The traumatisation of the Indos differed fundamentally from that of the totoks. During World War II, the totoks were all, step by step, put in prison camps. Indo women and children escaped this fate, on the whole, but adult males (except the old), especially soldiers from KNIL, the colonial military, were frequently interned. Curiously enough, the Japanese, thinking racially like the Dutch, but in their own manner, decided that anyone with ‘Asian’ blood was all right. Indo kids could be raised as good members of the Greater East Asia Co-Prosperity Sphere. TB laughingly describes a very European-looking Indo family in his neighbourhood taking photos of themselves standing around and behind their elderly Javanese gardener – who was captioned, for Japanese eyes, as ‘Beloved Grandpa’. They suffered, like everyone else, under Japanese rule, but not nearly as terribly as the hundred of thousands of ‘natives’ recruited for forced labour, most of whom died from starvation and disease.
The big shock came with the unexpected onset of the Revolution. After Hitler’s suicide on the last day of April 1945, Japan’s defeat was generally seen as inevitable, though most believed many months of fighting lay ahead. The Big Allies – the UK and the US – would eventually disarm the Japanese, and help the Dutch quickly to restore colonial rule. But the nuclear bombing of Hiroshima and Nagasaki, the simultaneous Soviet declaration of war on Japan and invasion of Manchuria, and the abrupt unconditional surrender announced by Hirohito on 15 August, turned American eyes towards the fastest possible occupation of Japan. The British, mainly concerned with re-establishing their power in Malaya, Singapore and Burma, had no interest in the Indies, beyond rescuing the wretched people in the Japanese internment camps.
In the mind of the British military leaders, now serving under Attlee’s Labour government, and very uncertain whether their mostly Indian troops would obey orders against the colonised Indonesians, practical negotiations with the shaky new Republican government were unavoidable. Holland at that time, only just liberated from Nazism, had neither the military power nor the economic resources immediately to restore colonial rule on their own account. Hence the appearance in the last four months of 1945 of a power vacuum, the so-called Bersiap period, which produced ‘social revolutions’ in Atjeh, North Sumatra, Banten, the Tiga Daerah on Java’s north coast, Surakarta and elsewhere. The targets of these social revolutions were primarily bureaucrats and aristocrats regarded as collaborators with the Japanese and Dutch colonialism.
But other groups suspected of welcoming the return of colonialism or working for Dutch intelligence, were not spared, especially by criminal elements wrapping themselves in the cloak of Liberation. Among these groups were Indos – mainly old folk, women and children living outside the camps. Suspicion of the Indos went back to pre-war times. In the later 1930s, for a while at least, 75 per cent of the members of the Indies section of the metropolitan Dutch fascist National-Socialist Movement were Indos. And Indos typically supported the colonial regime’s repressive policies towards the ‘natives’.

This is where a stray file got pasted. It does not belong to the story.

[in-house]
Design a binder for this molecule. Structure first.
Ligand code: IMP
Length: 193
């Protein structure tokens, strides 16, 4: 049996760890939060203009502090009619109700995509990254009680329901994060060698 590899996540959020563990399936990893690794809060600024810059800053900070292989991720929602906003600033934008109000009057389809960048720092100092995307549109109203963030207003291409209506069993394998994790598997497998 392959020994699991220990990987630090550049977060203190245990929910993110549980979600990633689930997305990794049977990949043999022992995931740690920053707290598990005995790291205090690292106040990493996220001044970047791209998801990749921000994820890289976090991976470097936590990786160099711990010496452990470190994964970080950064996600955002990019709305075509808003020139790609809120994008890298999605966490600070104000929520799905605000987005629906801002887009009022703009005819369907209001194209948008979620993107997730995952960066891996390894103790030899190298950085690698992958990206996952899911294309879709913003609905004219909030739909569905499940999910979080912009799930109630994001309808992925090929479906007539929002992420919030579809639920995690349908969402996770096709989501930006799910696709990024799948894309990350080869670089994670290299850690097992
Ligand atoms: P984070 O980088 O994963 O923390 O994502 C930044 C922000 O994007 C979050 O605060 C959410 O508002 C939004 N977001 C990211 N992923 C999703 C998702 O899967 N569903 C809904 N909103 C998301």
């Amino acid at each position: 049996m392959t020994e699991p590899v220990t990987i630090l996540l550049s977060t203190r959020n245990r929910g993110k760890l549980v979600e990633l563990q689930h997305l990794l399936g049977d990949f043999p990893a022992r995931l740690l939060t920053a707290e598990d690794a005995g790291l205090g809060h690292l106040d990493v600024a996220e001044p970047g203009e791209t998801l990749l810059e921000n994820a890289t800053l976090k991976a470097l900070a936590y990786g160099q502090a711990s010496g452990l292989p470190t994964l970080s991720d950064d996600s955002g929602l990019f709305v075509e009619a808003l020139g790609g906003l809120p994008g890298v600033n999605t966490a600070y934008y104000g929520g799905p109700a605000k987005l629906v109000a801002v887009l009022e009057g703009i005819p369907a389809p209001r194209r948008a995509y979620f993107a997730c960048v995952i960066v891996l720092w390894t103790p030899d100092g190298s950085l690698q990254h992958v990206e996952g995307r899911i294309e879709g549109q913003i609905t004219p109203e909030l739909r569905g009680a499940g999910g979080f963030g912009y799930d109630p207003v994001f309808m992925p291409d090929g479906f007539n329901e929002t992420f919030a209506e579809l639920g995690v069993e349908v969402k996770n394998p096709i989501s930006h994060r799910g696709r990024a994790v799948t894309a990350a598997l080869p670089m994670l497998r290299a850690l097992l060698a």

At the same time the Indonesian nationalists had always regarded themselves as being on the left – communists, socialists, social democrats, progressive Muslims and so forth. In 1946, the British left Indonesia and the Dutch sent a large army to the former colony, which the Republic’s official army and armed political youth groups fought to a standstill. At the end of 1949, under heavy American pressure, The Hague finally transferred sovereignty to a Federal Republic of Indonesia. During these years the overwhelming majority of Indos with Dutch status remained loyal to Holland, and many Indo males fought on the Dutch side in a war in which atrocities were committed by all parties.
After the transfer of sovereignty, the Dutch-status Indos generally saw no future for themselves in independent Indonesia: a small distrusted minority, drowning in a population of perhaps 80 million people. One reason The Hague clung so long to West Papua was the hope that the Indos could move there, not to’ pure-blood’ Holland. But very few Indos wanted to go to this distant terrain, where a warm welcome by the Papuans was unlikely. Soekarno’s decree expelling Dutch nationals from Indonesia in 1957 was the last straw. Cold and rainy Holland, with its odd food and odder habits, was the haven to go to, even if the vast majority had never been in this Homeland, let alone one reeling from World War II, economic destruction (thanks to the beloved Allies), humiliation and total colonial failure. After all they were legally Dutch!
Becoming The Whip Laced with Thorns: The memoir of Kwee Thiam Tjing
The ‘pure’ Dutch and the Indos had several things in common. They were deeply attached to the Indies, they had experienced the Japanese occupation, and they had tried to restore colonial rule. They loved the food, the landscapes, the climate, the women (but Indo men often preferred blondes) and the music. And they were united in fury with the Dutch government’s ungrateful stinginess. For 40 or more years, The Hague did everything it could to avoid backpay for immigrant civil servants, pensions, relocation costs and so forth. ‘We sacrificed everything for you, and you have betrayed us politically, financially and morally!’